Company CEO Octavio Romero said today that the company will pay 7% less tax and duties next year and an additional 4% less in 2021.
The plan will reduce the tax rate paid by Pemex from 65% to 54% in 2021, he said.
The government will inject 141 billion pesos (US $7.4 billion) into the company over the next three years, including 66 billion pesos in 2020.
Pemex will reinvest 221 billion pesos of its own funds next year while the tax cuts will generate savings of 45 billion pesos and the private sector will provide 14 billion pesos in the form of service contracts, according to a presentation at this morning’s presidential press conference.
All told, investment in Pemex will total 347 billion pesos ($18.2 billion) next year, while in 2021 it will rise to 411 billion pesos ($21.6 billion).
President López Obrador said the plan, approved unanimously yesterday by the Pemex board, is designed to transform “an oil industry in ruins” to one with the capacity to finance national growth.
“We are sowing oil . . .” he declared. The president has also pledged that a new $8-billion refinery on the Tabasco coast will start operations in May 2022.
Romero said that in the second half of President López Obrador’s six-year term “it will be Pemex which supports the federal government to finance growth and development in our country.”
He said the state-owned company is focusing its exploration efforts in shallow waters and onshore areas.
Pemex, which has long been the biggest contributor to public finances, currently provides about a fifth of the national budget even as oil output continues to decline, falling to a historic low of 1.625 million barrels per day (bpd) in January.
However, by the end of López Obrador’s administration in 2024, the company expects to produce 2.697 million bpd, a 66% increase on January numbers.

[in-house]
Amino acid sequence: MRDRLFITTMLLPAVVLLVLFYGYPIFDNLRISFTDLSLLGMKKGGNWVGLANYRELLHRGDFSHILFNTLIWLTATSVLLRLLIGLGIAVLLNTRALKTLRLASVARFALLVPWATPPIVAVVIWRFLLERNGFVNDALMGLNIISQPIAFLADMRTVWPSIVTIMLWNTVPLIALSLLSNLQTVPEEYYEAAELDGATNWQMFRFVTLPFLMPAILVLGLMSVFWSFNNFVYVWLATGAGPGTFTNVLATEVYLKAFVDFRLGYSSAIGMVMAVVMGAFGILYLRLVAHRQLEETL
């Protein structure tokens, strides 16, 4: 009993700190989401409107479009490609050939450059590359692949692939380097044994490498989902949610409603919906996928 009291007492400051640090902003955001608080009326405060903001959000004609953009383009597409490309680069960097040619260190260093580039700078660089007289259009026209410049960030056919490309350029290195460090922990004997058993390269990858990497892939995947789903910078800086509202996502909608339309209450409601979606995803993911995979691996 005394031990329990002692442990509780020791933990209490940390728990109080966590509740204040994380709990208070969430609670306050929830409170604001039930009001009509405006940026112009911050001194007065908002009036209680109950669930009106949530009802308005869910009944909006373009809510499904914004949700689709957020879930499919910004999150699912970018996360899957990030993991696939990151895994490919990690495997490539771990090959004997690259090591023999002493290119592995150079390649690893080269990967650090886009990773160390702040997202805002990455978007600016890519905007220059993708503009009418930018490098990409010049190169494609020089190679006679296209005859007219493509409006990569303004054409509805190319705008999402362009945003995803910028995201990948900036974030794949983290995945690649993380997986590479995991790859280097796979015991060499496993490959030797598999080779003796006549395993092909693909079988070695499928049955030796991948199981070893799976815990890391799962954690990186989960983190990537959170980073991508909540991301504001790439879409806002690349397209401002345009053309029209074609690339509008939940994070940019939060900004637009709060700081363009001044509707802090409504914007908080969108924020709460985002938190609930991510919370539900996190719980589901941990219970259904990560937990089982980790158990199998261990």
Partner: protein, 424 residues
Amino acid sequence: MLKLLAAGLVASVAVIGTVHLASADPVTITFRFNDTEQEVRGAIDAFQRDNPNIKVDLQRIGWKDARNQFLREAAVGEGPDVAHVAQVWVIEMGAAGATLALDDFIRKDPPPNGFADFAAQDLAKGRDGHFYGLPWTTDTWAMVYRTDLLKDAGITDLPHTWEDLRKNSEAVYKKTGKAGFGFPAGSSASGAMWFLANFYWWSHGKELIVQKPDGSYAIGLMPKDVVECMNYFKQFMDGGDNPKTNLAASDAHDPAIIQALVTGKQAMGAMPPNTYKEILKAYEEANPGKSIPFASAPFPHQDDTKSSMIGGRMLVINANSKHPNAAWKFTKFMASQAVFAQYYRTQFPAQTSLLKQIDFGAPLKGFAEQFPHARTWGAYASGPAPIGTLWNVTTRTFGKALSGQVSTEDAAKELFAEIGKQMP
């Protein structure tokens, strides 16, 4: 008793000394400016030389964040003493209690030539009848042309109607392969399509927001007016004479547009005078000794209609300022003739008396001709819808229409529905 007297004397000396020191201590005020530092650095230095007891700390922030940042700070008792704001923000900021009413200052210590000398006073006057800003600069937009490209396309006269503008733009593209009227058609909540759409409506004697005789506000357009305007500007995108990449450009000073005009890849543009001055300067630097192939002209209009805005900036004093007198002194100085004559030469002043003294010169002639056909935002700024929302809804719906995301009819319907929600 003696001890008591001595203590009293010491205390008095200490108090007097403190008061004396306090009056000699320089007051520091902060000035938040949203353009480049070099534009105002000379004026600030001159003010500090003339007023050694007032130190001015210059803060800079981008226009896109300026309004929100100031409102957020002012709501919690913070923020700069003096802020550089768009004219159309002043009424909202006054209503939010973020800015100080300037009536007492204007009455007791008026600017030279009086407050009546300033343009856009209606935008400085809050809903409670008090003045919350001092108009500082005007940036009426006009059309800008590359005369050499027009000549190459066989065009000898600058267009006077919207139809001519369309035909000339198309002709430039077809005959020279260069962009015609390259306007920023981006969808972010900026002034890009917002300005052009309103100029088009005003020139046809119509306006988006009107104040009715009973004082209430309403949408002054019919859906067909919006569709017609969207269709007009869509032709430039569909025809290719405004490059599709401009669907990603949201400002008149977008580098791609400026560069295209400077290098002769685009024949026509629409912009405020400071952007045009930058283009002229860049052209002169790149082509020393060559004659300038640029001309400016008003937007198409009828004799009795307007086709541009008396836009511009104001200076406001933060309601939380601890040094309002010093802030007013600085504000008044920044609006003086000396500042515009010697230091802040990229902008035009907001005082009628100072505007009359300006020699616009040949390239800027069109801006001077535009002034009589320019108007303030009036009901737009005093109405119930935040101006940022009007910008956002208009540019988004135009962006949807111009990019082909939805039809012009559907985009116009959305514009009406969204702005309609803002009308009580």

According to the new business plan, production will average 1.707 million bpd this year, 1.866 million bpd in 2020 and 2.069 million bpd in 2021.
While the production figures cited are positive, further downgrades to Pemex’s credit rating are expected if the plan fails to convince, the Financial Times said.
Fitch downgraded the company to junk status last month, reducing its credit rating from investment grade to speculative with a negative outlook. Pemex has debt in excess of US $100 billion.
Analysts at the investment bank Citigroup said after the presentation of the new business plan that a downgrade for both sovereign bonds and Pemex is only “a matter of time.”
A cut to Pemex’s rating would likely place pressure on the peso, which fell 0.6% today on news of the plan.
In a note to clients, Citigroup also said the strategy “doesn’t solve the main structural problems of the company.”
Pablo Medina, vice president of Welligence Energy Analytics, told Bloomberg that “Pemex is trying to be too many things at the same time under the new government policy, and its portfolio is very inefficient.”
He said that to improve its financial situation, Pemex needs to sell non-core assets and restart joint ventures.
“They need to take advantage of what the energy reform allows, leverage capital and stop trying to do it all by themselves.”